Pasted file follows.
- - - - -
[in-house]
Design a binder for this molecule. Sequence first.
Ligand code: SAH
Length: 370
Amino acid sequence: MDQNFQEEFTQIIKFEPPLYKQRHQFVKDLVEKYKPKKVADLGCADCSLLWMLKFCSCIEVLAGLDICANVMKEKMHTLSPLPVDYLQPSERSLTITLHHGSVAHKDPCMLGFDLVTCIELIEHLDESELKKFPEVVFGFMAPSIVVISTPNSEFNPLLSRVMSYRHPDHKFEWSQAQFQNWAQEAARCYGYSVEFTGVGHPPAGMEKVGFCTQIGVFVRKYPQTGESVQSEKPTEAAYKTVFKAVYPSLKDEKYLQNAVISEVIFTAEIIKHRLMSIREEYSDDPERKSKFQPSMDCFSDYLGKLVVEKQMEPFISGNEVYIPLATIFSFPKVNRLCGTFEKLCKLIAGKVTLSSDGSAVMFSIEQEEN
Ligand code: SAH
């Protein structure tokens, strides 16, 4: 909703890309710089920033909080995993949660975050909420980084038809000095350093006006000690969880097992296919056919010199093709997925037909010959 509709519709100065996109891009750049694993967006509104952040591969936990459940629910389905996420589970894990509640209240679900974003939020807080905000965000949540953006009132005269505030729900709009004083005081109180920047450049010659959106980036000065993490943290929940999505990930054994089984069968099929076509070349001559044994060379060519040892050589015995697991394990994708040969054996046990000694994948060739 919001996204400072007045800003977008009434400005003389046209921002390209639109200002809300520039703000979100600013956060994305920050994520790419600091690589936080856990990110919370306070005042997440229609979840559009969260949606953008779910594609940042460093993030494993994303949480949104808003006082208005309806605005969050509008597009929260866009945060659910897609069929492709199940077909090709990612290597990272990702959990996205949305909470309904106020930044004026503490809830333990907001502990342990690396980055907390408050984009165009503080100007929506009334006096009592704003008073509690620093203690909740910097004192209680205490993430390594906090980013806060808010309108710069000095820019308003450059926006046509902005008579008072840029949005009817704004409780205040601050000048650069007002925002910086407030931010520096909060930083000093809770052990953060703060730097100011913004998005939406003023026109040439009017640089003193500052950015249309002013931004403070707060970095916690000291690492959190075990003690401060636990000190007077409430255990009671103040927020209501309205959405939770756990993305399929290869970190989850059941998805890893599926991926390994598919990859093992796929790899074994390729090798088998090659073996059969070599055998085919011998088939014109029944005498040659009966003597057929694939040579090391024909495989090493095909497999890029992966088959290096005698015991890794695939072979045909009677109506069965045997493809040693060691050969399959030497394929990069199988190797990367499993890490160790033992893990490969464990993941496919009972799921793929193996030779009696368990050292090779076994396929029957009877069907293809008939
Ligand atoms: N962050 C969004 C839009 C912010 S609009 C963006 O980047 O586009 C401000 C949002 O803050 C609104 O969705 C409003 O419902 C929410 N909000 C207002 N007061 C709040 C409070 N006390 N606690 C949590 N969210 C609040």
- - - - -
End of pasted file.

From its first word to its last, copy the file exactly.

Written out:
[in-house]
Design a binder for this molecule. Sequence first.
Ligand code: SAH
Length: 370
Amino acid sequence: MDQNFQEEFTQIIKFEPPLYKQRHQFVKDLVEKYKPKKVADLGCADCSLLWMLKFCSCIEVLAGLDICANVMKEKMHTLSPLPVDYLQPSERSLTITLHHGSVAHKDPCMLGFDLVTCIELIEHLDESELKKFPEVVFGFMAPSIVVISTPNSEFNPLLSRVMSYRHPDHKFEWSQAQFQNWAQEAARCYGYSVEFTGVGHPPAGMEKVGFCTQIGVFVRKYPQTGESVQSEKPTEAAYKTVFKAVYPSLKDEKYLQNAVISEVIFTAEIIKHRLMSIREEYSDDPERKSKFQPSMDCFSDYLGKLVVEKQMEPFISGNEVYIPLATIFSFPKVNRLCGTFEKLCKLIAGKVTLSSDGSAVMFSIEQEEN
Ligand code: SAH
């Protein structure tokens, strides 16, 4: 909703890309710089920033909080995993949660975050909420980084038809000095350093006006000690969880097992296919056919010199093709997925037909010959 509709519709100065996109891009750049694993967006509104952040591969936990459940629910389905996420589970894990509640209240679900974003939020807080905000965000949540953006009132005269505030729900709009004083005081109180920047450049010659959106980036000065993490943290929940999505990930054994089984069968099929076509070349001559044994060379060519040892050589015995697991394990994708040969054996046990000694994948060739 919001996204400072007045800003977008009434400005003389046209921002390209639109200002809300520039703000979100600013956060994305920050994520790419600091690589936080856990990110919370306070005042997440229609979840559009969260949606953008779910594609940042460093993030494993994303949480949104808003006082208005309806605005969050509008597009929260866009945060659910897609069929492709199940077909090709990612290597990272990702959990996205949305909470309904106020930044004026503490809830333990907001502990342990690396980055907390408050984009165009503080100007929506009334006096009592704003008073509690620093203690909740910097004192209680205490993430390594906090980013806060808010309108710069000095820019308003450059926006046509902005008579008072840029949005009817704004409780205040601050000048650069007002925002910086407030931010520096909060930083000093809770052990953060703060730097100011913004998005939406003023026109040439009017640089003193500052950015249309002013931004403070707060970095916690000291690492959190075990003690401060636990000190007077409430255990009671103040927020209501309205959405939770756990993305399929290869970190989850059941998805890893599926991926390994598919990859093992796929790899074994390729090798088998090659073996059969070599055998085919011998088939014109029944005498040659009966003597057929694939040579090391024909495989090493095909497999890029992966088959290096005698015991890794695939072979045909009677109506069965045997493809040693060691050969399959030497394929990069199988190797990367499993890490160790033992893990490969464990993941496919009972799921793929193996030779009696368990050292090779076994396929029957009877069907293809008939
Ligand atoms: N962050 C969004 C839009 C912010 S609009 C963006 O980047 O586009 C401000 C949002 O803050 C609104 O969705 C409003 O419902 C929410 N909000 C207002 N007061 C709040 C409070 N006390 N606690 C949590 N969210 C609040």